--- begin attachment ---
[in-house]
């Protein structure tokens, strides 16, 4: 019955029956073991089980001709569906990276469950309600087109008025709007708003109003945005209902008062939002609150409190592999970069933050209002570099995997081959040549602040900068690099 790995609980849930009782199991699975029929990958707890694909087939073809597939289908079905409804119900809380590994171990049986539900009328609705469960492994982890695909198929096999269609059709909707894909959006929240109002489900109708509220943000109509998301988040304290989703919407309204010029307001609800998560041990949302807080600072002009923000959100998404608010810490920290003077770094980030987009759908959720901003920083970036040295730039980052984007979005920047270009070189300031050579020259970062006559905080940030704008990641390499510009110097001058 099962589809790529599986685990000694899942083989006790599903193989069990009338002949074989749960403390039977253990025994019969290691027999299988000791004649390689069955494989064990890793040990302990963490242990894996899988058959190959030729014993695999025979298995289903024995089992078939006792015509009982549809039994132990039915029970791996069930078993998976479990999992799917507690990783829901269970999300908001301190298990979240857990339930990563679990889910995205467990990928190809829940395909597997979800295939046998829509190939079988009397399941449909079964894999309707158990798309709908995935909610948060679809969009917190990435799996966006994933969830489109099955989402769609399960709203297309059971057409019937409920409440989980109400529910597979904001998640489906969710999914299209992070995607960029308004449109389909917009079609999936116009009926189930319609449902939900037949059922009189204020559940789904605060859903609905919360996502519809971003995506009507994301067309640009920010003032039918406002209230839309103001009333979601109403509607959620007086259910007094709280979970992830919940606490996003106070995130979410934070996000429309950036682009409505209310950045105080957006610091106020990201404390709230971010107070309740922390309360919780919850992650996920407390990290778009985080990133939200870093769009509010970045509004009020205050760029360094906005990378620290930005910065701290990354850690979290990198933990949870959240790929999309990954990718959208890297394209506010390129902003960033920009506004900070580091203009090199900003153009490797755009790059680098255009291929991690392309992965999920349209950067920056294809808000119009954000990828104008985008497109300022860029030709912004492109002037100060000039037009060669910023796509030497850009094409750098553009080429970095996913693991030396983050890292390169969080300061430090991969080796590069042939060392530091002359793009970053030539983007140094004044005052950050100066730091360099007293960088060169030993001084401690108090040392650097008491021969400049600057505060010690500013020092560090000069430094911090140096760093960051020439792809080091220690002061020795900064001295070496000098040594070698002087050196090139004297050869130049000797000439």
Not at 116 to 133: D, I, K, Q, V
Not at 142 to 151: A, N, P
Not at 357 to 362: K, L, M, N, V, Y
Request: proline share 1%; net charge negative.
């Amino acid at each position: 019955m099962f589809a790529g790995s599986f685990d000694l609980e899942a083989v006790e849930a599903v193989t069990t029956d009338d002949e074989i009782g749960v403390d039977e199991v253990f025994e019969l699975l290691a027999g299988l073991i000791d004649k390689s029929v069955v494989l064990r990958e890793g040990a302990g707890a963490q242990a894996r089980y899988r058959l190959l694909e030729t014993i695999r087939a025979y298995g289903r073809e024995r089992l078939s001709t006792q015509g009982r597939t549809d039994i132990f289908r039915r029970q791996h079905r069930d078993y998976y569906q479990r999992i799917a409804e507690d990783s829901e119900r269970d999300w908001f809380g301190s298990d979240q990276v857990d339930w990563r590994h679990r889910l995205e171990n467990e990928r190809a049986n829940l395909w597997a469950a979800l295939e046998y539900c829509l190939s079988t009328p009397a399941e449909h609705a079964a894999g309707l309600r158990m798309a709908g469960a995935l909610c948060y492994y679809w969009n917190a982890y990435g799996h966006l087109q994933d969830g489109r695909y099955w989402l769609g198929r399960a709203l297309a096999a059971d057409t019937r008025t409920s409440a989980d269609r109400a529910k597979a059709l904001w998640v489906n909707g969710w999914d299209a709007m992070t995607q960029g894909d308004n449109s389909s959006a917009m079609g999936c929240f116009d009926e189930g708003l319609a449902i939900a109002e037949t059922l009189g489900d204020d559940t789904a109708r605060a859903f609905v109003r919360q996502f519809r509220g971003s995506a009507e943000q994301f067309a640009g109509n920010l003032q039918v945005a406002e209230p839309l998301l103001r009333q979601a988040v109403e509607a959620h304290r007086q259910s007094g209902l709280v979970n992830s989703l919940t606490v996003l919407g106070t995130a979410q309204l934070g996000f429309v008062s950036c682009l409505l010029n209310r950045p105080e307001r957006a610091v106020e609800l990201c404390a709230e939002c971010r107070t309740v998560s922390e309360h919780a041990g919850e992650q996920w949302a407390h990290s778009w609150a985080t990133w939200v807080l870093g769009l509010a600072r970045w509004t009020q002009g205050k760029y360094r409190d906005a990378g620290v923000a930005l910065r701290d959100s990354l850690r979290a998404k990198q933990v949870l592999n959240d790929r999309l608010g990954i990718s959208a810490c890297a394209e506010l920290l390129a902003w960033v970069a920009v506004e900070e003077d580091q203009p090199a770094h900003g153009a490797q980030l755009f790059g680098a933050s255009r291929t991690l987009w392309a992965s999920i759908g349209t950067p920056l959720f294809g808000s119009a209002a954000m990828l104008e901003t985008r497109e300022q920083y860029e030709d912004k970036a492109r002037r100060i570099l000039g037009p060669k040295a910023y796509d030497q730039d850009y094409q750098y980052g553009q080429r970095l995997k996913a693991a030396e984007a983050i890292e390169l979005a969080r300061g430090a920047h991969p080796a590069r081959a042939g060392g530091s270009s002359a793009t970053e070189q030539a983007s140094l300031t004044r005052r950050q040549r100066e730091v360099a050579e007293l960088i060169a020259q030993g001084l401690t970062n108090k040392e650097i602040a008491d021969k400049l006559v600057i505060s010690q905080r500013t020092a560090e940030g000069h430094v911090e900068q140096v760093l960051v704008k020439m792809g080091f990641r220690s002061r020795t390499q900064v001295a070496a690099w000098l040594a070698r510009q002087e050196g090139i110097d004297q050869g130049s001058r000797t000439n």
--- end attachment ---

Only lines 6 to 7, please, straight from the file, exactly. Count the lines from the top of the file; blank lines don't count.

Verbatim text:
Request: proline share 1%; net charge negative.
């Amino acid at each position: 019955m099962f589809a790529g790995s599986f685990d000694l609980e899942a083989v006790e849930a599903v193989t069990t029956d009338d002949e074989i009782g749960v403390d039977e199991v253990f025994e019969l699975l290691a027999g299988l073991i000791d004649k390689s029929v069955v494989l064990r990958e890793g040990a302990g707890a963490q242990a894996r089980y899988r058959l190959l694909e030729t014993i695999r087939a025979y298995g289903r073809e024995r089992l078939s001709t006792q015509g009982r597939t549809d039994i132990f289908r039915r029970q791996h079905r069930d078993y998976y569906q479990r999992i799917a409804e507690d990783s829901e119900r269970d999300w908001f809380g301190s298990d979240q990276v857990d339930w990563r590994h679990r889910l995205e171990n467990e990928r190809a049986n829940l395909w597997a469950a979800l295939e046998y539900c829509l190939s079988t009328p009397a399941e449909h609705a079964a894999g309707l309600r158990m798309a709908g469960a995935l909610c948060y492994y679809w969009n917190a982890y990435g799996h966006l087109q994933d969830g489109r695909y099955w989402l769609g198929r399960a709203l297309a096999a059971d057409t019937r008025t409920s409440a989980d269609r109400a529910k597979a059709l904001w998640v489906n909707g969710w999914d299209a709007m992070t995607q960029g894909d308004n449109s389909s959006a917009m079609g999936c929240f116009d009926e189930g708003l319609a449902i939900a109002e037949t059922l009189g489900d204020d559940t789904a109708r605060a859903f609905v109003r919360q996502f519809r509220g971003s995506a009507e943000q994301f067309a640009g109509n920010l003032q039918v945005a406002e209230p839309l998301l103001r009333q979601a988040v109403e509607a959620h304290r007086q259910s007094g209902l709280v979970n992830s989703l919940t606490v996003l919407g106070t995130a979410q309204l934070g996000f429309v008062s950036c682009l409505l010029n209310r950045p105080e307001r957006a610091v106020e609800l990201c404390a709230e939002c971010r107070t309740v998560s922390e309360h919780a041990g919850e992650q996920w949302a407390h990290s778009w609150a985080t990133w939200v807080l870093g769009l509010a600072r970045w509004t009020q002009g205050k760029y360094r409190d906005a990378g620290v923000a930005l910065r701290d959100s990354l850690r979290a998404k990198q933990v949870l592999n959240d790929r999309l608010g990954i990718s959208a810490c890297a394209e506010l920290l390129a902003w960033v970069a920009v506004e900070e003077d580091q203009p090199a770094h900003g153009a490797q980030l755009f790059g680098a933050s255009r291929t991690l987009w392309a992965s999920i759908g349209t950067p920056l959720f294809g808000s119009a209002a954000m990828l104008e901003t985008r497109e300022q920083y860029e030709d912004k970036a492109r002037r100060i570099l000039g037009p060669k040295a910023y796509d030497q730039d850009y094409q750098y980052g553009q080429r970095l995997k996913a693991a030396e984007a983050i890292e390169l979005a969080r300061g430090a920047h991969p080796a590069r081959a042939g060392g530091s270009s002359a793009t970053e070189q030539a983007s140094l300031t004044r005052r950050q040549r100066e730091v360099a050579e007293l960088i060169a020259q030993g001084l401690t970062n108090k040392e650097i602040a008491d021969k400049l006559v600057i505060s010690q905080r500013t020092a560090e940030g000069h430094v911090e900068q140096v760093l960051v704008k020439m792809g080091f990641r220690s002061r020795t390499q900064v001295a070496a690099w000098l040594a070698r510009q002087e050196g090139i110097d004297q050869g130049s001058r000797t000439n």